As passionate advocates for modernizing the air charter industry, they focuse on what is missing in the marketplace and are able to provide a true seamless end-to-end transportation solution by managing every detail to and from a client’s origin and destination with the utmost attention to detail and discretion with the needs of our clients in mind.
THANK YOU STRATOS!! I have been working with Stratos Jet Charters for almost 3 years now & could not be happier with the services they provide! Working with me on many last minute changes, they are always quick & efficient, extremely professional, genuinely honest & immensely knowledgeable of all products and services they offer. They truly look out for the best interests of their clients. I trust them to always guide me in making the appropriate aircraft choices for our company. I find the ENTIRE team to be THE BEST in the charter aircraft business!!
When you play the empty leg market, you need to be very flexible and understand that there’s a decent chance your empty leg may not happen or might be moved. If the customer chartering the inbound flight wants to leave a few hours later, your flight will be delayed. On the flip side, your planned departure could be suddenly moved up because Mr. Big wants to leave earlier.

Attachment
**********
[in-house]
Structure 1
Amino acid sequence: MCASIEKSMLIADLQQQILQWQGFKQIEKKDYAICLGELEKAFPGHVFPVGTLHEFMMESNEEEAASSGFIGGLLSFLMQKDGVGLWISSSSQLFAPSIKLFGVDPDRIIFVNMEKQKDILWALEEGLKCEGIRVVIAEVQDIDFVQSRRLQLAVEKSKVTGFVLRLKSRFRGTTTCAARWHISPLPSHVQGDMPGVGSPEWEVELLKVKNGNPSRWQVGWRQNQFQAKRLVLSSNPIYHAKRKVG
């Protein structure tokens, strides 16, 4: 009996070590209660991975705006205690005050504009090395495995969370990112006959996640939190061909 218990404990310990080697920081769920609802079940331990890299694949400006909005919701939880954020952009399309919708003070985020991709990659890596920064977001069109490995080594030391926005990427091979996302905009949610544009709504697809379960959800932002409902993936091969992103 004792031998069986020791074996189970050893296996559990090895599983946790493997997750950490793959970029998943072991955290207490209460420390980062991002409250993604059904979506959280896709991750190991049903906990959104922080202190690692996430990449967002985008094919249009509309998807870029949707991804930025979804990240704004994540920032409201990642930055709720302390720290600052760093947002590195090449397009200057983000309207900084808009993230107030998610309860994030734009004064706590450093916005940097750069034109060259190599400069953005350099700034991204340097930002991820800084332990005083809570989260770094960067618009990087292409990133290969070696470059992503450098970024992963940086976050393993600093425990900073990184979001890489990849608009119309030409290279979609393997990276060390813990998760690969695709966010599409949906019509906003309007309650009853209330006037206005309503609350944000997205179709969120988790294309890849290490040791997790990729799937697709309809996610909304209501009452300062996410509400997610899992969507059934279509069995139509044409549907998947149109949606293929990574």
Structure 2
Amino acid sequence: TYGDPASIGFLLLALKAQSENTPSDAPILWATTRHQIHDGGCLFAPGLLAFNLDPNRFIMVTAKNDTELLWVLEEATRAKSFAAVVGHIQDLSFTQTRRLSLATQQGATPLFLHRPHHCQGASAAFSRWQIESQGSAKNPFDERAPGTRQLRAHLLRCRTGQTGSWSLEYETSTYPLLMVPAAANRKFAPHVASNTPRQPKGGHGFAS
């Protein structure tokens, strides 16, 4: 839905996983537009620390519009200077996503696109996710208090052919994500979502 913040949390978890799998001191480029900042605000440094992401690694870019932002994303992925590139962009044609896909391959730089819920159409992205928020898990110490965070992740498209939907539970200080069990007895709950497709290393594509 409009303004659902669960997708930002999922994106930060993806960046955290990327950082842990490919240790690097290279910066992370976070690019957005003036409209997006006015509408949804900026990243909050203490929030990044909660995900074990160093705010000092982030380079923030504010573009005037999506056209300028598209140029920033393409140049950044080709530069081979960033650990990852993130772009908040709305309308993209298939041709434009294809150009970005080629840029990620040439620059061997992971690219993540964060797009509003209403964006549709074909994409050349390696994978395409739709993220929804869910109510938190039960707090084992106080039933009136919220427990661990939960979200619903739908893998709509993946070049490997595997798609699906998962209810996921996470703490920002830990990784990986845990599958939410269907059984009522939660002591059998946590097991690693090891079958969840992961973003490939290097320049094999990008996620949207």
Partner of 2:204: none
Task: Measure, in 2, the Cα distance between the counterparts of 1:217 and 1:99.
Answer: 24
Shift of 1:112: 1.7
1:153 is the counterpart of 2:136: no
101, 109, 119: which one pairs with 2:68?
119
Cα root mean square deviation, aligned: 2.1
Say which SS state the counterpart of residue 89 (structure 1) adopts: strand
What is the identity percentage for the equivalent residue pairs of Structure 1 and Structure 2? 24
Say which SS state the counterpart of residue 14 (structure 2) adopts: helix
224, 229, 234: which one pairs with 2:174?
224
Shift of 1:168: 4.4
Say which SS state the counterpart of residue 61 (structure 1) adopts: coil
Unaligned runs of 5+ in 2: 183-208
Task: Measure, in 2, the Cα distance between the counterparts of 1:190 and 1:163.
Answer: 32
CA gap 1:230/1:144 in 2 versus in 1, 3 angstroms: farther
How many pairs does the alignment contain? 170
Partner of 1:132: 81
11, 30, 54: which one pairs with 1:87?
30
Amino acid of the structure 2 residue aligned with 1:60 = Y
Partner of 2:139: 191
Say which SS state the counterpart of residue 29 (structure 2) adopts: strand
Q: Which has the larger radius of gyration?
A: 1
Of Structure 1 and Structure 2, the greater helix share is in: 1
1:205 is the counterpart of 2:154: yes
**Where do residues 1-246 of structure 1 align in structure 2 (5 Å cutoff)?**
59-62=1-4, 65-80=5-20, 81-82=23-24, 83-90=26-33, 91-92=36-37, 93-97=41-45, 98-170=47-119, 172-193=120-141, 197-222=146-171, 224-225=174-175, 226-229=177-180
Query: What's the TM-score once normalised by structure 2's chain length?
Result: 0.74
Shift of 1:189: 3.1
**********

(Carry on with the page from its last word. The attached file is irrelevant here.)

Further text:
Fliers with flexibility should sign up for empty-leg email lists of companies like Magellan Jets, who regularly send out emails selling discounted flights from, say, the plane of a corporate exec who flew to Los Angeles but is looking to offset his cost of getting the plane back to New York. “I wouldn’t say that the cost of flying private has gone down, but there are new ways of pricing charter that makes it more accessible,” says David Zipkin, co-founder and VP of Tradewind, the service known for semi-private flights in the Northeast and Caribbean. “In our case, we save people money with our shared charters, and we also sell discounted empty legs.”
The most economical option is chartering, which doesn't require any cash upfront (other than a deposit) through companies like Tradewind, Sentient, and Solairus, (which we took home from North Carolina). Of course, there are the old standbys like NetJets and Marquis, who sell fractional ownership (like 1/16th) of a single jet for upwards of $100K. One step down from that, pricewise, is the jet card, where you buy a set amount of hours from a company like Nicholas or Private Jet Services, and can use those hours for different planes. Then there are membership models like WheelsUp, where you pay $17,500 as an initiation fee to fly in their fleet, and then a $8,500 annual dues fee starting the second year. It's like a country club—only you're guaranteed access to a KingAir350i or Citation Excel / XLS instead of a golf course.